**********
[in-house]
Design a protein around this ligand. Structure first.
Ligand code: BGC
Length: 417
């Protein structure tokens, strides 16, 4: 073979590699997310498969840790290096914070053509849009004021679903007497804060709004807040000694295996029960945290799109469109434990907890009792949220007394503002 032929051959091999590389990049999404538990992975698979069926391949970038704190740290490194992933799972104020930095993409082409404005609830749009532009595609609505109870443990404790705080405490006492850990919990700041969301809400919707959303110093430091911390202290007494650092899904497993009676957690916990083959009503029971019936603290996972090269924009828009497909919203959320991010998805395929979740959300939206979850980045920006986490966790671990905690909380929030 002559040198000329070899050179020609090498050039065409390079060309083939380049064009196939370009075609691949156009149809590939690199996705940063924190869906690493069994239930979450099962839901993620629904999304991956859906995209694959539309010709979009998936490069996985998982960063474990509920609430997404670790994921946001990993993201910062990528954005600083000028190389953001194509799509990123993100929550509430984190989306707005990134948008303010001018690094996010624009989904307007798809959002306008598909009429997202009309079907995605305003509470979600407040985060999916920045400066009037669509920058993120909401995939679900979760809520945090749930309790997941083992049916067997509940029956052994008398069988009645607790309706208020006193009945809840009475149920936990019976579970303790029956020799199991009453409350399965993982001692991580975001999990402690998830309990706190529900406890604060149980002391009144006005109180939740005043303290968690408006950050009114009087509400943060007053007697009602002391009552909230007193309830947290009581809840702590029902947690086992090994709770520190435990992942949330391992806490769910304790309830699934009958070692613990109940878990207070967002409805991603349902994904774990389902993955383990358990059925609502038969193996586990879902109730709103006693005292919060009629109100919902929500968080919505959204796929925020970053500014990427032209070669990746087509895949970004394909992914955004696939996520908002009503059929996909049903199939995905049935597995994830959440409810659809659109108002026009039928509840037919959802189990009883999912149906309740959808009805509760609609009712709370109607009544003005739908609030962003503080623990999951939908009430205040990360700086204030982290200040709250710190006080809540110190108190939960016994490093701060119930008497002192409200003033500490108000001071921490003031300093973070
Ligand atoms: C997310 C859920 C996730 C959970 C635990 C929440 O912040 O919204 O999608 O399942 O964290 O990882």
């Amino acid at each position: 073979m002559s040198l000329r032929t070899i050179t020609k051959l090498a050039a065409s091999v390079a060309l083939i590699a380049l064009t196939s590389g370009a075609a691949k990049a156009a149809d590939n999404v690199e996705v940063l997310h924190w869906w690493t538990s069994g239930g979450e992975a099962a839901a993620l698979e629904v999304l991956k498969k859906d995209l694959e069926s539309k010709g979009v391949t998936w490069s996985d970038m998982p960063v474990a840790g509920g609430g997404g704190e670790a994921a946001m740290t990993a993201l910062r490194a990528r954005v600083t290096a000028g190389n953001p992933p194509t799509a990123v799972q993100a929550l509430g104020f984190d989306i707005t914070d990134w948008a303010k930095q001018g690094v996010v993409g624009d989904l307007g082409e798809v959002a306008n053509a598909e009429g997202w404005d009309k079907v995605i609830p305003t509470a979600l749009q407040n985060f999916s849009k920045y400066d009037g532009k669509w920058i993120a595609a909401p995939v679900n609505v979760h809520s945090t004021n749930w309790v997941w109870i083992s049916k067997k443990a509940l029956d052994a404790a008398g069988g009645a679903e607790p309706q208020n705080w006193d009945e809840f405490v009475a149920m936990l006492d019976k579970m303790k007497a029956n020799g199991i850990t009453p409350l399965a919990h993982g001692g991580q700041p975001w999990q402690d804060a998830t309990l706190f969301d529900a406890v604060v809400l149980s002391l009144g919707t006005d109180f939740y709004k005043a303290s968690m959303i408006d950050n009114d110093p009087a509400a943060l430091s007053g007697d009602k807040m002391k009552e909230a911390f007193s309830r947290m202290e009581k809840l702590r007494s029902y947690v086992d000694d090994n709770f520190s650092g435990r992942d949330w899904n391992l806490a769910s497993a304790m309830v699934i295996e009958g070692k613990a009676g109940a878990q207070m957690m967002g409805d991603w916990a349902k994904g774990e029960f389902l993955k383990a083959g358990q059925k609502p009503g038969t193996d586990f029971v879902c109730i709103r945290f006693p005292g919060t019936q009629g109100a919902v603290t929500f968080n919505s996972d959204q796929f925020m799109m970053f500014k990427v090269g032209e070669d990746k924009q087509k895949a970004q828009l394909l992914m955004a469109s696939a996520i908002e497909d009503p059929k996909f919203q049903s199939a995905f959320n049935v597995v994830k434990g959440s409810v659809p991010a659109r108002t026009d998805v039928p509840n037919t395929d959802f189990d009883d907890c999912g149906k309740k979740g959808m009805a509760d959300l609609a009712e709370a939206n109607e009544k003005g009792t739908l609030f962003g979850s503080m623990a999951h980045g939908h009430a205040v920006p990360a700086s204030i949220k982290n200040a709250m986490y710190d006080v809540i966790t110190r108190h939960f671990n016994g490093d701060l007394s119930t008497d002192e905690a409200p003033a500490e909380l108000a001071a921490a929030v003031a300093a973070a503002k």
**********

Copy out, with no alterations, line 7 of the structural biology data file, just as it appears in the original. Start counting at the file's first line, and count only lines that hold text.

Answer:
């Amino acid at each position: 073979m002559s040198l000329r032929t070899i050179t020609k051959l090498a050039a065409s091999v390079a060309l083939i590699a380049l064009t196939s590389g370009a075609a691949k990049a156009a149809d590939n999404v690199e996705v940063l997310h924190w869906w690493t538990s069994g239930g979450e992975a099962a839901a993620l698979e629904v999304l991956k498969k859906d995209l694959e069926s539309k010709g979009v391949t998936w490069s996985d970038m998982p960063v474990a840790g509920g609430g997404g704190e670790a994921a946001m740290t990993a993201l910062r490194a990528r954005v600083t290096a000028g190389n953001p992933p194509t799509a990123v799972q993100a929550l509430g104020f984190d989306i707005t914070d990134w948008a303010k930095q001018g690094v996010v993409g624009d989904l307007g082409e798809v959002a306008n053509a598909e009429g997202w404005d009309k079907v995605i609830p305003t509470a979600l749009q407040n985060f999916s849009k920045y400066d009037g532009k669509w920058i993120a595609a909401p995939v679900n609505v979760h809520s945090t004021n749930w309790v997941w109870i083992s049916k067997k443990a509940l029956d052994a404790a008398g069988g009645a679903e607790p309706q208020n705080w006193d009945e809840f405490v009475a149920m936990l006492d019976k579970m303790k007497a029956n020799g199991i850990t009453p409350l399965a919990h993982g001692g991580q700041p975001w999990q402690d804060a998830t309990l706190f969301d529900a406890v604060v809400l149980s002391l009144g919707t006005d109180f939740y709004k005043a303290s968690m959303i408006d950050n009114d110093p009087a509400a943060l430091s007053g007697d009602k807040m002391k009552e909230a911390f007193s309830r947290m202290e009581k809840l702590r007494s029902y947690v086992d000694d090994n709770f520190s650092g435990r992942d949330w899904n391992l806490a769910s497993a304790m309830v699934i295996e009958g070692k613990a009676g109940a878990q207070m957690m967002g409805d991603w916990a349902k994904g774990e029960f389902l993955k383990a083959g358990q059925k609502p009503g038969t193996d586990f029971v879902c109730i709103r945290f006693p005292g919060t019936q009629g109100a919902v603290t929500f968080n919505s996972d959204q796929f925020m799109m970053f500014k990427v090269g032209e070669d990746k924009q087509k895949a970004q828009l394909l992914m955004a469109s696939a996520i908002e497909d009503p059929k996909f919203q049903s199939a995905f959320n049935v597995v994830k434990g959440s409810v659809p991010a659109r108002t026009d998805v039928p509840n037919t395929d959802f189990d009883d907890c999912g149906k309740k979740g959808m009805a509760d959300l609609a009712e709370a939206n109607e009544k003005g009792t739908l609030f962003g979850s503080m623990a999951h980045g939908h009430a205040v920006p990360a700086s204030i949220k982290n200040a709250m986490y710190d006080v809540i966790t110190r108190h939960f671990n016994g490093d701060l007394s119930t008497d002192e905690a409200p003033a500490e909380l108000a001071a921490a929030v003031a300093a973070a503002k």